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If key decision makers don’t know you, you are not likely to wind up on a promotion list. Office Wallflowers can usually be found eating lunch at their desks, working alone at their computers, sitting quietly in meetings, and avoiding all social contact. If this describes you, and you want to be promoted, then you need to get out more! (See Are You an Office Wallflower?)
Just being known is not enough. To get promoted, you must be recognized as a key contributor. If you often find yourself thinking “No one has any idea how much I do around here!”, then you need to find a way to let them know. Managers are not psychic.
Unless you’re the CEO’s cousin, you’re not likely to get promoted unless you are helping management meet their goals. So you need to understand management priorities and determine how your work fits in. If you spend half your time on stuff that only you care about, no one is going to be impressed.
At work, people’s activities are interdependent. When you miss a deadline, someone else’s work is going to suffer. Keep this up, and you will acquire a reputation for being unreliable. Unreliable people don’t get promoted.
Suppose you make a huge mistake and cause your boss a lot of grief. Is your career over? Not if you practice what customer service specialists call “recovery”. The art of recovery simply involves doing whatever it takes to repair the damage or make amends when something goes wrong.
Getting promoted is not just about what you do. It’s also about what kind of employee you are. If the word on the grapevine is that you are cranky, uncooperative, and self-centered, promoting you will seem like a big risk. (See Do You Annoy Your Co-Workers?)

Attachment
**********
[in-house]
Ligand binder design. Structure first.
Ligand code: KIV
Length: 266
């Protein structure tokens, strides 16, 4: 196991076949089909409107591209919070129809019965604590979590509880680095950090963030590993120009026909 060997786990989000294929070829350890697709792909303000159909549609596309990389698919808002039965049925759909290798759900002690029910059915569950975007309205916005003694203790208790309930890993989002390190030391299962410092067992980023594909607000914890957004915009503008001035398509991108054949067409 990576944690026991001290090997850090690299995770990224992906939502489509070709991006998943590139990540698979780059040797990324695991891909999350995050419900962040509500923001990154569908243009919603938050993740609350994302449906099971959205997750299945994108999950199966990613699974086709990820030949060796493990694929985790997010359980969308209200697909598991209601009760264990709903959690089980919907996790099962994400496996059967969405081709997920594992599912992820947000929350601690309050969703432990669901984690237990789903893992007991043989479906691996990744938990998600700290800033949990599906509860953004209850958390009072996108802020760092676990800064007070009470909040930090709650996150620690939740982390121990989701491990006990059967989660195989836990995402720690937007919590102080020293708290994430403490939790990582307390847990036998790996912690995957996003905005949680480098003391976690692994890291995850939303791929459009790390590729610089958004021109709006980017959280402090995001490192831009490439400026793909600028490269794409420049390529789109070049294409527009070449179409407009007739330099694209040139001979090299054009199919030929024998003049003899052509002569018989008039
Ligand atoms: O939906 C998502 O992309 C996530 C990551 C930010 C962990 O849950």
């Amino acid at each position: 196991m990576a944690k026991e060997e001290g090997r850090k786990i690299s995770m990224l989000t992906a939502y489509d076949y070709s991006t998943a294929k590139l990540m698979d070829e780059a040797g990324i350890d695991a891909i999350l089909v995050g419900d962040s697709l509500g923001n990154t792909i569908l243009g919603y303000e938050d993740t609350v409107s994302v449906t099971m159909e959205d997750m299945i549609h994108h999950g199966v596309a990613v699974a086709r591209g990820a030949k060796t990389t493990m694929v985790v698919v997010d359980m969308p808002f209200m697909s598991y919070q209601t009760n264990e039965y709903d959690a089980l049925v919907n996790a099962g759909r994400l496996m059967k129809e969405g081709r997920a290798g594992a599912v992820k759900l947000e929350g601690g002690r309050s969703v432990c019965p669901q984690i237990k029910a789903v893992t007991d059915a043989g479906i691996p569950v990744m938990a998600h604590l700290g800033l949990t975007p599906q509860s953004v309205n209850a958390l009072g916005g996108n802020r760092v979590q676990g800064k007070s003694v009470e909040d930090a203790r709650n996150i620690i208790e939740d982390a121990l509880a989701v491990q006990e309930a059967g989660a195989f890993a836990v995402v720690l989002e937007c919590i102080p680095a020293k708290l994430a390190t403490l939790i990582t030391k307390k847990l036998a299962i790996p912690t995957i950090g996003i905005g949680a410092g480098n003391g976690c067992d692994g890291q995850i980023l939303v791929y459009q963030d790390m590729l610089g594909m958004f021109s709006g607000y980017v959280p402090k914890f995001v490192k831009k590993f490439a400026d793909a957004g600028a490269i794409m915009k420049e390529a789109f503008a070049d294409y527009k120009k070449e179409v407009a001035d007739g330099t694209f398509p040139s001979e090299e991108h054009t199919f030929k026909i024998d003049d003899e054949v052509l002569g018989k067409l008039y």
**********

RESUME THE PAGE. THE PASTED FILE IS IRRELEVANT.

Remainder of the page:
How often are you in your boss’s office complaining about unfair policies, difficult coworkers, or unpleasant working conditions? If the answer is “frequently”, then you are probably viewed as a high maintenance employee. And your boss has probably shared this opinion with other managers.
Most of the time, it will be difficult to get promoted without your manager’s support. So even if your boss is an idiot, it’s a good idea to “manage up” intelligently. People who go to war with their boss usually lose. (See How to Manage Your Boss.)
Higher-level managers usually form their impression of you based on two things: (1) what your boss says about you and (2) what they observe in the small amount of time they spend with you. So any time spent with your boss’s boss is an opportunity for impression management. If you seem ill-prepared, tongue-tied, or oppositional, you may have blown your chances for promotion. (See How to Impress Executives)